The Next Big One
Bijay Upadhyay pops in and out of courtyards in Nepal’s capital city like a tour guide navigating his way through a museum’s galleries. The relics he’s highlighting on this balmy morning in August 2011, however, aren’t the best Kathmandu Valley has to offer. They’re the most vulnerable.
Deteriorating buildings line the streets, supporting new construction on top that’s stacked two and three stories high. Homes are built so close to one another that residents here call them “handshake” or “kissing” houses. Dozens of leaning structures are buttressed by wooden boards that look ready to snap at any time.
Many residents believe, Upadhyay told FORUM, that because some of these buildings survived Nepal’s last, great earthquake in 1934 — a magnitude 8.1 that killed more than 8,500 people — they can survive anything.
“There are only a few people who remember or who were around during the 1934 earthquake,” said Upadhyay, a Community Based Disaster Risk Management program manager for the National Society of Earthquake Technology-Nepal (NSET). “And for all others, it’s just a fairy tale.”
The lore moved closer to reality for many Nepalese on September 18, 2011. A magnitude-6.9 temblor struck the northeastern India-Nepal border in India’s Sikkim mountains, about 270 kilometers east of Kathmandu. Authorities counted the death toll at 112 in late September, according to The Times of India newspaper.
The earthquake happened along the same tectonic plates where, millions of years ago, shifting created the world’s highest mountain range, the Himalayas, geologists explained. Nepal itself sits along the Alpine-Himalayan belt, where 17 percent of the world’s major earthquakes take place, according to The Wall Street Journal blog India Real Time.
Statistics such as this, combined with assertions by some seismologists that Nepal should expect a great quake, one registering magnitude 8.0 or higher on the Richter scale, approximately every 75 years, has officials in this landlocked country on high alert. Nepal’s Ministry of Home Affairs has worked for nearly two years with local and U.S. military officials, as well as local and international nongovernment organizations, to create a national emergency operations center and disaster response plan. Working groups have been meeting to map out ways to deal with internally displaced persons, displaced civilian camps, food and water shortages, communications, access to roadways and security, among many other critical issues that will emerge when disaster strikes.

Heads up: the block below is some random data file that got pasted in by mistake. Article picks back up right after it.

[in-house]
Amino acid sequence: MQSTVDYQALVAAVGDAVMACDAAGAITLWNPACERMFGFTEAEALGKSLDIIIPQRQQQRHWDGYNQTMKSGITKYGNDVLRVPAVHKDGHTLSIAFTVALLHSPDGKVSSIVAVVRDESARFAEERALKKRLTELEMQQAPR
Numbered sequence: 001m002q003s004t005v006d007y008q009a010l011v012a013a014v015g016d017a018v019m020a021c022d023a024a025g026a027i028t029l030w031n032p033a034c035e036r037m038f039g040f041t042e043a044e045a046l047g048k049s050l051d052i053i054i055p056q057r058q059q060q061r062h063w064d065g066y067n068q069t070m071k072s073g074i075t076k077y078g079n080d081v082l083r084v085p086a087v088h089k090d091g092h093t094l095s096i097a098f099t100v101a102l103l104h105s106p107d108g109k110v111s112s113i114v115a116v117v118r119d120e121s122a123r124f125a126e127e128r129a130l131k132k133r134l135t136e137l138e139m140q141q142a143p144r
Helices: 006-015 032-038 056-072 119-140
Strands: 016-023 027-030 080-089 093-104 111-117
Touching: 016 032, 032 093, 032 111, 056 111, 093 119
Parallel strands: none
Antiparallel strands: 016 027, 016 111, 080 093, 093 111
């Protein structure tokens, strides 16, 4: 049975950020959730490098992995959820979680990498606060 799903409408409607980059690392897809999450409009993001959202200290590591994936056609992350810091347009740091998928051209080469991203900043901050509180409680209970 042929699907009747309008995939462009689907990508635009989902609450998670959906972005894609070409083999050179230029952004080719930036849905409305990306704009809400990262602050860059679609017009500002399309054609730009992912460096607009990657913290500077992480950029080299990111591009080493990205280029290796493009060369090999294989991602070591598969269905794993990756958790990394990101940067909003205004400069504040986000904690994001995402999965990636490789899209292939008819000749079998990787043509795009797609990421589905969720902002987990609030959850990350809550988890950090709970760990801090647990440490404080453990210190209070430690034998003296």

“We are still in the planning stage, but this process will never end,” Brig. Gen. Ramindra Chhetri, the Nepalese Army’s director of public relations, told FORUM.
Despite the September earthquake, experts recognize Nepal’s geographic location dictates the need to continue planning for the inevitability of a great quake.
“The occurrence of this quake does not lower down the threat from the great earthquake which we expect in the Himalayas,” C.P. Rajendran, a geologist at the Indian Institute of Science in Bangalore, India, told The Himalayan Times newspaper just days after the September 2011 quake. “We need to treat each and every earthquake in a special way. ... The fact remains that some historically earthquake-deficient parts of the Himalayas have the potential to generate large earthquakes any time, irrespective of the present earthquake.”
In the last decade, the population in Kathmandu Valley has swelled from about 1 million to roughly 4.5 million people. If an earthquake hit Kathmandu with the same magnitude that one struck Haiti in January 2010, Nepal would experience the loss of about 200,000 lives, and another 200,000 people would be severely injured, NSET officials predict. In addition, 1.5 million people would be rendered homeless, and 60 percent of homes would be destroyed, the U.N.’s IRIN news agency reported.
“At the moment, we are not very sure whether or not this will be repeated,” Rita Dhakal, humanitarian affairs specialist for the U.N. Office for the Coordination of Humanitarian Affairs, told IRIN after the September quake. “Regardless, this is a signal for Nepal to be prepared.”
Lessons from Haiti
U.S. Ambassador to Nepal Scott DeLisi described Nepal as “a Haiti sitting on top of a Japan-sized earthquake” at an August 2011 disaster response exercise in Nepal organized by the U.S. Pacific Command’s Center for Excellence for Disaster Management and Humanitarian Assistance located in Hawaii.
“What that means should be apparent if you’ve watched the footage from those other disasters,” DeLisi said. “Does the thought of this city crumbling to dust in a blink of an eye terrify you as it does me? It should, because that is exactly what could happen.”
Many Nepalese officials involved with disaster planning credit DeLisi’s arrival in 2010 and his intense passion for preparing the people of Nepal for survival for the momentum that the country has gained in putting together a disaster response plan.
“Experts tell us that every dollar spent on effective preparedness will save anywhere from [U.S.] $10 to $15 in response costs later,” DeLisi said. “Preparedness and risk reduction make sense if we want to save lives, if we want to preserve societies, and if we want to protect our budgets.”
In Nepal, more than 16 major earthquakes have been recorded since 1223, according to a 2009 disaster report by Nepal’s Ministry of Home Affairs. Yet many nationals still have never experienced a quake.
“People are not sure whether it is happening or not,” Upadhyay told FORUM. “We have been able to give them the information. Now, we have to motivate them toward being safer.”
That motivation extends to authorities responsible for creating and implementing disaster response plans, as well.